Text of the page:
Avoiding Audits After Tax Season

To paraphrase Jim Croce:

You don’t tug on superman’s cape
Don’t spit into the wind
You don’t pull the mask off that old lone ranger
And you don’t mess around with the IRS

At least, that’s how Al Capone would have sang it. The Department of Education, on the other hand… Go nuts. They’ve never educated a single person. And they have never put anyone in prison. The IRS has routinely done both. They have the power to give you an education in finance and consequences that you never wanted, and they can take you from your office directly to the penn without passing go, or collecting $200. These reasons should encourage you to avoid IRS attention in the form of an audit after tax season. Here’s how:

Give Yourself a Tax Education Before the IRS Gives You One

Before you even get to the EZ form, there are a thousand and one little things you need to know. I assure you; the things you don’t know about taxes far outweigh the things you do. Trouble lies in the vast area of things you don’t know. While an error of a few dollars is unlikely to trigger an audit, the IRS has no sense of humor–at least not one of which they are aware. They have nearly unlimited resources. And they have very little in terms of a sense of proportion. A little knowledge goes a long ways towards keeping their gaze away from you.

For example, a lot of people believe they can claim however many allowances or deductions on their W-4s as they like. This isn’t necessarily so, according to Natalie Cooper, who is in the field and familiar with the concept. She writes that “the deductions and credits that you qualify for each year may change based on your own situation and changes in tax code, so you should avoid simply copying the number of allowances that you were using from the previous year.” She goes on to point out that, if you are married, the number you can claim will change based on the number your spouse claims on his or her W-4.

Learn how your various forms and details are supposed to work and be calculated before you start plugging numbers into your 1040. The last thing you need is to be audited because you and your spouse accidentally claimed each other as dependents when turning in your annual W-4!

Let a Professional Do the Heavy Lifting

Since we’ve already established that you don’t know your way around the tax code, why not enlist someone who does? They will know right away if you are at risk of an audit. Anyone who is in the high-risk category should have a professional do their taxes for them. No need to inflict yourself with this slide show from Forbes.

Here are some of the risk factors therein:

  • Make a lot of money.
  • Fail to mention off-shore accounts.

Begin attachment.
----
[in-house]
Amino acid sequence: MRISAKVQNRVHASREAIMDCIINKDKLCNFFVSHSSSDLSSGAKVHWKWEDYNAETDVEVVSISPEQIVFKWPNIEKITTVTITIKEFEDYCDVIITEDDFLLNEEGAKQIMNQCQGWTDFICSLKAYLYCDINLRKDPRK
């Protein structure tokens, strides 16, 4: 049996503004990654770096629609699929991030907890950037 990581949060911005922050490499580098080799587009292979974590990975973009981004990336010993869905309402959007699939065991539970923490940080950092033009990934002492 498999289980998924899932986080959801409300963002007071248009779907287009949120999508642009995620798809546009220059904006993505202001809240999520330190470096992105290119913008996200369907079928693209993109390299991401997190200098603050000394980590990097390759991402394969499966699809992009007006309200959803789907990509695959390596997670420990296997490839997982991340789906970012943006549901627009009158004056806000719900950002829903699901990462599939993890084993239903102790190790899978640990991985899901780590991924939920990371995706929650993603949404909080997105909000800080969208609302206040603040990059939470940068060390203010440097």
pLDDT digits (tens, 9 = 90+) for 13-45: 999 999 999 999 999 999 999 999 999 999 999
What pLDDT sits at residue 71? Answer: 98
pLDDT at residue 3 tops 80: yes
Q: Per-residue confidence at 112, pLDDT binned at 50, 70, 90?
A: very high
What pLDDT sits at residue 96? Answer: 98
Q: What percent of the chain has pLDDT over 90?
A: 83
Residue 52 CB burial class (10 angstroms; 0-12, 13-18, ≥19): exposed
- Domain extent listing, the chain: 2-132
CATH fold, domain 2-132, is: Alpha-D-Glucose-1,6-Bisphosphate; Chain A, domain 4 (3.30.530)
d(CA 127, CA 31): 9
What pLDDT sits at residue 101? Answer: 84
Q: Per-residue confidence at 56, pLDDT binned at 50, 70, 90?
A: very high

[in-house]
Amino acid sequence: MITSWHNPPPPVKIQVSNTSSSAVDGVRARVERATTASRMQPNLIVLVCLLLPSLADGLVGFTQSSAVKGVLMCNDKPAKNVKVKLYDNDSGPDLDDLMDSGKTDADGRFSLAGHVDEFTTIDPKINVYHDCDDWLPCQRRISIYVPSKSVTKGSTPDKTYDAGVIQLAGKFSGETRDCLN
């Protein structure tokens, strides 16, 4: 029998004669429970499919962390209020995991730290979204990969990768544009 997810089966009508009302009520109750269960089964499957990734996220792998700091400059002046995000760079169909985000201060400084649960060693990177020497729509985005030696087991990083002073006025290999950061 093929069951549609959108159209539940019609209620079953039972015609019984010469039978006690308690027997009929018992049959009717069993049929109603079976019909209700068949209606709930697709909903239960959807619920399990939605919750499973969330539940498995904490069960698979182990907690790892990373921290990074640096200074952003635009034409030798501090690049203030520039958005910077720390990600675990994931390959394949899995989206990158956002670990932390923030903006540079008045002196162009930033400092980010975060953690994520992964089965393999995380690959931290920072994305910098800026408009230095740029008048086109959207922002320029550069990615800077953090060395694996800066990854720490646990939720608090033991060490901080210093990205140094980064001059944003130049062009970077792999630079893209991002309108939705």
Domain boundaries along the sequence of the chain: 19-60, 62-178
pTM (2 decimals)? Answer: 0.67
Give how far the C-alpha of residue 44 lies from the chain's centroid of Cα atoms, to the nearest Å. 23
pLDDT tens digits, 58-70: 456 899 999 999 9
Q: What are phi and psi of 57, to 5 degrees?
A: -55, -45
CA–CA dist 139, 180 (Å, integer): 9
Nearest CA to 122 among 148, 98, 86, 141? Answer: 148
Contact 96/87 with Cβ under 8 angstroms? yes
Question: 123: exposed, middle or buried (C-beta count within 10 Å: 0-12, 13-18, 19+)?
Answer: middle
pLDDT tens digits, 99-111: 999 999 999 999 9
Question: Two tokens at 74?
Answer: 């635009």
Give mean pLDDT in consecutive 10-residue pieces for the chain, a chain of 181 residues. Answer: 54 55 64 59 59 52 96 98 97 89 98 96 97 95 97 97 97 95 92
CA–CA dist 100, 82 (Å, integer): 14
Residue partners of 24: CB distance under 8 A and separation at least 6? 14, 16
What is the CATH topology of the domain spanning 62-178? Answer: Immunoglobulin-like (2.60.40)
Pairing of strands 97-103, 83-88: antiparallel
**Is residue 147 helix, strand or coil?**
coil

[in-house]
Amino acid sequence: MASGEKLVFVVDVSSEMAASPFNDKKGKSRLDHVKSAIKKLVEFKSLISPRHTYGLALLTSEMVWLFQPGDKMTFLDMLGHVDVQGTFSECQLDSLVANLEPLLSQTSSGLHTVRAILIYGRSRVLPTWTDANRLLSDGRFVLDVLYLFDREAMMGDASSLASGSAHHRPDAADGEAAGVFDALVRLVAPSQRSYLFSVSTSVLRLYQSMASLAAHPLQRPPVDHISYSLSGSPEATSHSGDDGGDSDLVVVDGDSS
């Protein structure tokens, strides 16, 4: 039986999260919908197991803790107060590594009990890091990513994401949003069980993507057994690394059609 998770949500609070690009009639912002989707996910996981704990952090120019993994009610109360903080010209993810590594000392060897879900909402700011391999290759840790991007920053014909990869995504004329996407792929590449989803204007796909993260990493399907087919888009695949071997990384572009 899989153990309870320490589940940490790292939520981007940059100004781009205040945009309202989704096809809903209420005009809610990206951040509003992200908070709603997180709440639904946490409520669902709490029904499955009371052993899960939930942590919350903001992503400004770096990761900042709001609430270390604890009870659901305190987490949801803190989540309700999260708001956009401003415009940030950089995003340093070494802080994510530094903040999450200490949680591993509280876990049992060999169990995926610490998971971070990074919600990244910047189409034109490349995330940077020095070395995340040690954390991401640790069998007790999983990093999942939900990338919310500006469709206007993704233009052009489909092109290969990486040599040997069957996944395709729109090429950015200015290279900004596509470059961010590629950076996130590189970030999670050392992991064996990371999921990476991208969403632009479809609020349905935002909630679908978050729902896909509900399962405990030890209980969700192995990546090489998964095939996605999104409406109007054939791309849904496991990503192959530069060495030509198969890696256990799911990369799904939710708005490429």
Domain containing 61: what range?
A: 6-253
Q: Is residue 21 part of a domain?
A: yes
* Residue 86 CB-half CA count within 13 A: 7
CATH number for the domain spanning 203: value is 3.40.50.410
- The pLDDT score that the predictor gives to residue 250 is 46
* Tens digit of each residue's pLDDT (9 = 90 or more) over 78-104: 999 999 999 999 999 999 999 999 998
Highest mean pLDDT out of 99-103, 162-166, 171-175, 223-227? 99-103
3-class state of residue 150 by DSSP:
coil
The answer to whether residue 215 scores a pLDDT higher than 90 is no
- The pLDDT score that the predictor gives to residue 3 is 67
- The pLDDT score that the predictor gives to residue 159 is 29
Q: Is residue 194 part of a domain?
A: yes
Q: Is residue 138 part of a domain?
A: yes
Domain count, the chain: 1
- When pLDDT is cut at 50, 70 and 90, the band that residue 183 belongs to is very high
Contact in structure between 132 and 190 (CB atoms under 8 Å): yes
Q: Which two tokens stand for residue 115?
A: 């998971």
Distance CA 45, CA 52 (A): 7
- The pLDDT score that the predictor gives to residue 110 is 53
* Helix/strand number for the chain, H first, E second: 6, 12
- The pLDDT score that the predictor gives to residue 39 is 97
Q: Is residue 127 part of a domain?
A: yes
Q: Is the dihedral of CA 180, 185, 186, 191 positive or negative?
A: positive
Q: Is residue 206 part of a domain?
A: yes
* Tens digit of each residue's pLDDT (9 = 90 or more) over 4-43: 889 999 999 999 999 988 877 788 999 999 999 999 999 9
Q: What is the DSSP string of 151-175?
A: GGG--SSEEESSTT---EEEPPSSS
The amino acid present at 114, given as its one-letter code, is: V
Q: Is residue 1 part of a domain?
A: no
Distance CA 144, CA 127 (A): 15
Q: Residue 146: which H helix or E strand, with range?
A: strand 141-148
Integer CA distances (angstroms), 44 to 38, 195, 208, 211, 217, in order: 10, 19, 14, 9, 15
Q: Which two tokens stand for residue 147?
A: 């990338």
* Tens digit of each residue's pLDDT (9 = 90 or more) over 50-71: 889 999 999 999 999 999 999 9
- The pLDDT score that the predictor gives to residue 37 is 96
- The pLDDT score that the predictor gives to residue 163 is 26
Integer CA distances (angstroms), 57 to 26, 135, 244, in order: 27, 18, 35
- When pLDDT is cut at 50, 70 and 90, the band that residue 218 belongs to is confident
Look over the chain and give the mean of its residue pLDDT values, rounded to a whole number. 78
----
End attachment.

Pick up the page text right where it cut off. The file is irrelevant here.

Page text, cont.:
• Be a tax protester.
  • Claim huge charitable contributions.
  • Omit income reported by someone else.
  • Take too many home-based business loans.

This list goes on. But you get the idea. Any deviation from the standard will get you noticed. As the Japanese proverb goes: The nail that stands out gets hammered. There are a lot of risk factor lists out there. They all will have income near the top. Other factors aside, when you make a lot of money, you stand a good chance of being audited. Don’t fool around. Have a professional do your taxes for you.

Don’t Panic

In acknowledgement of the fact that there is no airtight method of avoiding an audit, I should say a few words about what to do in the event you find yourself in that situation:

  • Be prepared.
  • Get help.
  • Think compromise.
  • Record it.
  • Appeal it.

Part of your preparation will be to immediately follow up and find out exactly what is at issue. The audit letter may not be very clear or forthcoming. Know exactly what you are dealing with. Hire a professional who specializes in audits. Understand that you are not dealing in absolutes. Even with the IRS, there is room for compromise and negotiation. If you don’t like the outcome, you can always appeal it.

While receiving an audit letter is not the end of the world, it is the start of a very bad day. Take all reasonable steps to avoid it altogether by educating yourself and letting a professional do the heavy lifting. Oh, and try not to make too much money.

2 thoughts on “Avoiding Audits After Tax Season”

  1. I use a CPA and I have not had an audit in more than forty years. A CPA knows when you are pushing the envelope and usually will pull you back or warn you that you are out there. Well worth the extra money.

  2. I use Turbotax to prepare my tax returns and use Quicken to keep track of the finances so I’m not too worried about an audit. I took a couple courses in taxes for my accounting degree so I’m pretty comfortable with most tax situations.

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